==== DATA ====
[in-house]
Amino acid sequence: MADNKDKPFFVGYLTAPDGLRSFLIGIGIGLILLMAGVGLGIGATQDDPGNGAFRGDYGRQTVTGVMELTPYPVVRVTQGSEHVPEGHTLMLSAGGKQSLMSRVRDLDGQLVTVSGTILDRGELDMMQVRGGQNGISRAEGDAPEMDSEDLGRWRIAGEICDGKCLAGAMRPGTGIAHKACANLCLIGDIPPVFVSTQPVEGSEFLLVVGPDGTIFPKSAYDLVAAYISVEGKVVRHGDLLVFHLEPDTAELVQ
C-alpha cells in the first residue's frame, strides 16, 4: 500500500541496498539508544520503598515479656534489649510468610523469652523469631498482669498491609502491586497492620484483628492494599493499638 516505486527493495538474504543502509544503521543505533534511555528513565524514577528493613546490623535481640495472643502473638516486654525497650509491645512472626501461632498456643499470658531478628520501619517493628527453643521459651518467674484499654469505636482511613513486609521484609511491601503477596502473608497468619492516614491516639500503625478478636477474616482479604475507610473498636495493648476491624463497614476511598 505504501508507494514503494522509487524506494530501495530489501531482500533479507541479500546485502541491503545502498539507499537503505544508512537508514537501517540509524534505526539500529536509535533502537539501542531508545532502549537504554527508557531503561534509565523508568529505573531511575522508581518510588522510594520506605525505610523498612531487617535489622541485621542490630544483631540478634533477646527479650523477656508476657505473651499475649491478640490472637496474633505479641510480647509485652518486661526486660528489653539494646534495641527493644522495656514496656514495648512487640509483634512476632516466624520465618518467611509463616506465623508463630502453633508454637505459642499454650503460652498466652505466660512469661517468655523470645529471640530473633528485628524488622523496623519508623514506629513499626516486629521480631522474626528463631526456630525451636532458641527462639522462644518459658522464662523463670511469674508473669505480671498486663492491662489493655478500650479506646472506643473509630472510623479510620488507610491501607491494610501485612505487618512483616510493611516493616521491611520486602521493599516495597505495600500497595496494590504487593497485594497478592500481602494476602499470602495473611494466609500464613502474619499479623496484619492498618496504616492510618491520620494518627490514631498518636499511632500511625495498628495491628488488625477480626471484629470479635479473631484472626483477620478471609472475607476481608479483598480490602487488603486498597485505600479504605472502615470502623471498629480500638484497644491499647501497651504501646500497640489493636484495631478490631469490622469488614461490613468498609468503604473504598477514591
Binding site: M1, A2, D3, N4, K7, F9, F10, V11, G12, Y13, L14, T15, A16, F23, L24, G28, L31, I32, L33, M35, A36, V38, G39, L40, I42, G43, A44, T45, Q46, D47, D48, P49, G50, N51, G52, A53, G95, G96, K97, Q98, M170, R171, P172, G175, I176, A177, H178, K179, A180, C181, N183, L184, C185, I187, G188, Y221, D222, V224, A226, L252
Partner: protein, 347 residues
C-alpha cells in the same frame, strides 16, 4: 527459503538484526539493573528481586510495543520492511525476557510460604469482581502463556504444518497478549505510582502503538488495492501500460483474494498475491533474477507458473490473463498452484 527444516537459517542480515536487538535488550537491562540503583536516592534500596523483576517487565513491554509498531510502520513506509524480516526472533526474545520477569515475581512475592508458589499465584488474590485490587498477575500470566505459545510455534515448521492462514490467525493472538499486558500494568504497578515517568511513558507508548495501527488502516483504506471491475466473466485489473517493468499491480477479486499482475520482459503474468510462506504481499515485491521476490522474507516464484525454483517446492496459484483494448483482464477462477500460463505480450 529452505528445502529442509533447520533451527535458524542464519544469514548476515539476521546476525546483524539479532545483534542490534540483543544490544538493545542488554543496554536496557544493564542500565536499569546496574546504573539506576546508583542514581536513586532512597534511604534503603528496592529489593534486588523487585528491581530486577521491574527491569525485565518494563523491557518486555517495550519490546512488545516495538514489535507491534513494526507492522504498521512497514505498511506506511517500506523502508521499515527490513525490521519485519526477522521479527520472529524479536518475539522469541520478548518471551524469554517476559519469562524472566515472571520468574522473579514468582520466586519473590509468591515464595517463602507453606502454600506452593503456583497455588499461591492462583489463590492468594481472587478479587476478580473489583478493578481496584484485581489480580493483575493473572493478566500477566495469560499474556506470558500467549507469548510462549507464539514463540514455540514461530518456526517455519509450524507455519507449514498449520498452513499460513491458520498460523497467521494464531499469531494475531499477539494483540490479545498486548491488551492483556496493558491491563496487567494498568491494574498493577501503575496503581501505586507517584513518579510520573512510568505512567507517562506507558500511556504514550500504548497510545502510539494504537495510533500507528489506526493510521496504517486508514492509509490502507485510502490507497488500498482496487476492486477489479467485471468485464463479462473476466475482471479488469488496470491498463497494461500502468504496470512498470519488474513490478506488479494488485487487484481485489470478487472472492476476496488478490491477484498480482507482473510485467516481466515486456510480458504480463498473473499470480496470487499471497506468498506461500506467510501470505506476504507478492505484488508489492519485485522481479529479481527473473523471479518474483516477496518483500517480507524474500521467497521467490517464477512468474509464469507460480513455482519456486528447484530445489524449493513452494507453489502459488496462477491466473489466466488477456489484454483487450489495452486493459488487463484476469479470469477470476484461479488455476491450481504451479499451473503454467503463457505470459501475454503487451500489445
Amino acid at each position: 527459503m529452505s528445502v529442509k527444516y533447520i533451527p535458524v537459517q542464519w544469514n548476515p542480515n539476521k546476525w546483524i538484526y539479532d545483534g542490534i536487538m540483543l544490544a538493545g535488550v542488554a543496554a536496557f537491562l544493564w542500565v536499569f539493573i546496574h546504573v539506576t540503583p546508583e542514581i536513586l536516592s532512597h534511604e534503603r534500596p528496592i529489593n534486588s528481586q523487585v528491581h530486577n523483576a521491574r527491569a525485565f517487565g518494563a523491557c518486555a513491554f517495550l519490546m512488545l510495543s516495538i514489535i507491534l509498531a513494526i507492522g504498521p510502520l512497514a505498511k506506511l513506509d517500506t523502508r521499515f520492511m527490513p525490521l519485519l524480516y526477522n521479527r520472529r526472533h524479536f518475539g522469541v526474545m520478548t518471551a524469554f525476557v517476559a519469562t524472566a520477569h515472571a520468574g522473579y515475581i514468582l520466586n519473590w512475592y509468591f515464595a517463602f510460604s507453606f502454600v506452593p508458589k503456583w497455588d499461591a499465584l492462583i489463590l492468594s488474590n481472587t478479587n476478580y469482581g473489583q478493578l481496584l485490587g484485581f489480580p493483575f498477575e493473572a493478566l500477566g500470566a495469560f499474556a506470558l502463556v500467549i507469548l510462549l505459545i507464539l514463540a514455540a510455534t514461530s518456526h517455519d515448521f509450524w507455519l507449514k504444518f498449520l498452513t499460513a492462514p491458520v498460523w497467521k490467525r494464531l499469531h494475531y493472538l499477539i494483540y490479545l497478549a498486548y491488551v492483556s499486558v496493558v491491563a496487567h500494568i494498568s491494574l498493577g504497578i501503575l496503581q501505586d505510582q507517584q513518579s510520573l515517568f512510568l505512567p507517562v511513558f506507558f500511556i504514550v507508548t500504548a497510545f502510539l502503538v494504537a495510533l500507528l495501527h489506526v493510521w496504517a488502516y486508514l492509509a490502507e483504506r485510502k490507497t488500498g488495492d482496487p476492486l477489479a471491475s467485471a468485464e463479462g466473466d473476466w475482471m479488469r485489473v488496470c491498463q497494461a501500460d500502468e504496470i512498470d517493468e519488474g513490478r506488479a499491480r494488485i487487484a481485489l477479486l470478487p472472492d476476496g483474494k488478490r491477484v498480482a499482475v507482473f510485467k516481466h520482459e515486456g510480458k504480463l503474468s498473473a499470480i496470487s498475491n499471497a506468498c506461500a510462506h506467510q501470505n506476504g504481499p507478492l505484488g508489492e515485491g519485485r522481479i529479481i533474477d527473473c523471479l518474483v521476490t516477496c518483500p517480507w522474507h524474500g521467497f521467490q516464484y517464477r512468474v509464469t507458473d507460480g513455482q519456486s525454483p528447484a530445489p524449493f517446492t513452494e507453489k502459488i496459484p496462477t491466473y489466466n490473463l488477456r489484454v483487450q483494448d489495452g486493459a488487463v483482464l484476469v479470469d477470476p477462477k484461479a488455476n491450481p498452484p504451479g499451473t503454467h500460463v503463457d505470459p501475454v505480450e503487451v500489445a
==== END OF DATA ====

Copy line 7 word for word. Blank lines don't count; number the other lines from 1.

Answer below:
Amino acid at each position: 527459503m529452505s528445502v529442509k527444516y533447520i533451527p535458524v537459517q542464519w544469514n548476515p542480515n539476521k546476525w546483524i538484526y539479532d545483534g542490534i536487538m540483543l544490544a538493545g535488550v542488554a543496554a536496557f537491562l544493564w542500565v536499569f539493573i546496574h546504573v539506576t540503583p546508583e542514581i536513586l536516592s532512597h534511604e534503603r534500596p528496592i529489593n534486588s528481586q523487585v528491581h530486577n523483576a521491574r527491569a525485565f517487565g518494563a523491557c518486555a513491554f517495550l519490546m512488545l510495543s516495538i514489535i507491534l509498531a513494526i507492522g504498521p510502520l512497514a505498511k506506511l513506509d517500506t523502508r521499515f520492511m527490513p525490521l519485519l524480516y526477522n521479527r520472529r526472533h524479536f518475539g522469541v526474545m520478548t518471551a524469554f525476557v517476559a519469562t524472566a520477569h515472571a520468574g522473579y515475581i514468582l520466586n519473590w512475592y509468591f515464595a517463602f510460604s507453606f502454600v506452593p508458589k503456583w497455588d499461591a499465584l492462583i489463590l492468594s488474590n481472587t478479587n476478580y469482581g473489583q478493578l481496584l485490587g484485581f489480580p493483575f498477575e493473572a493478566l500477566g500470566a495469560f499474556a506470558l502463556v500467549i507469548l510462549l505459545i507464539l514463540a514455540a510455534t514461530s518456526h517455519d515448521f509450524w507455519l507449514k504444518f498449520l498452513t499460513a492462514p491458520v498460523w497467521k490467525r494464531l499469531h494475531y493472538l499477539i494483540y490479545l497478549a498486548y491488551v492483556s499486558v496493558v491491563a496487567h500494568i494498568s491494574l498493577g504497578i501503575l496503581q501505586d505510582q507517584q513518579s510520573l515517568f512510568l505512567p507517562v511513558f506507558f500511556i504514550v507508548t500504548a497510545f502510539l502503538v494504537a495510533l500507528l495501527h489506526v493510521w496504517a488502516y486508514l492509509a490502507e483504506r485510502k490507497t488500498g488495492d482496487p476492486l477489479a471491475s467485471a468485464e463479462g466473466d473476466w475482471m479488469r485489473v488496470c491498463q497494461a501500460d500502468e504496470i512498470d517493468e519488474g513490478r506488479a499491480r494488485i487487484a481485489l477479486l470478487p472472492d476476496g483474494k488478490r491477484v498480482a499482475v507482473f510485467k516481466h520482459e515486456g510480458k504480463l503474468s498473473a499470480i496470487s498475491n499471497a506468498c506461500a510462506h506467510q501470505n506476504g504481499p507478492l505484488g508489492e515485491g519485485r522481479i529479481i533474477d527473473c523471479l518474483v521476490t516477496c518483500p517480507w522474507h524474500g521467497f521467490q516464484y517464477r512468474v509464469t507458473d507460480g513455482q519456486s525454483p528447484a530445489p524449493f517446492t513452494e507453489k502459488i496459484p496462477t491466473y489466466n490473463l488477456r489484454v483487450q483494448d489495452g486493459a488487463v483482464l484476469v479470469d477470476p477462477k484461479a488455476n491450481p498452484p504451479g499451473t503454467h500460463v503463457d505470459p501475454v505480450e503487451v500489445a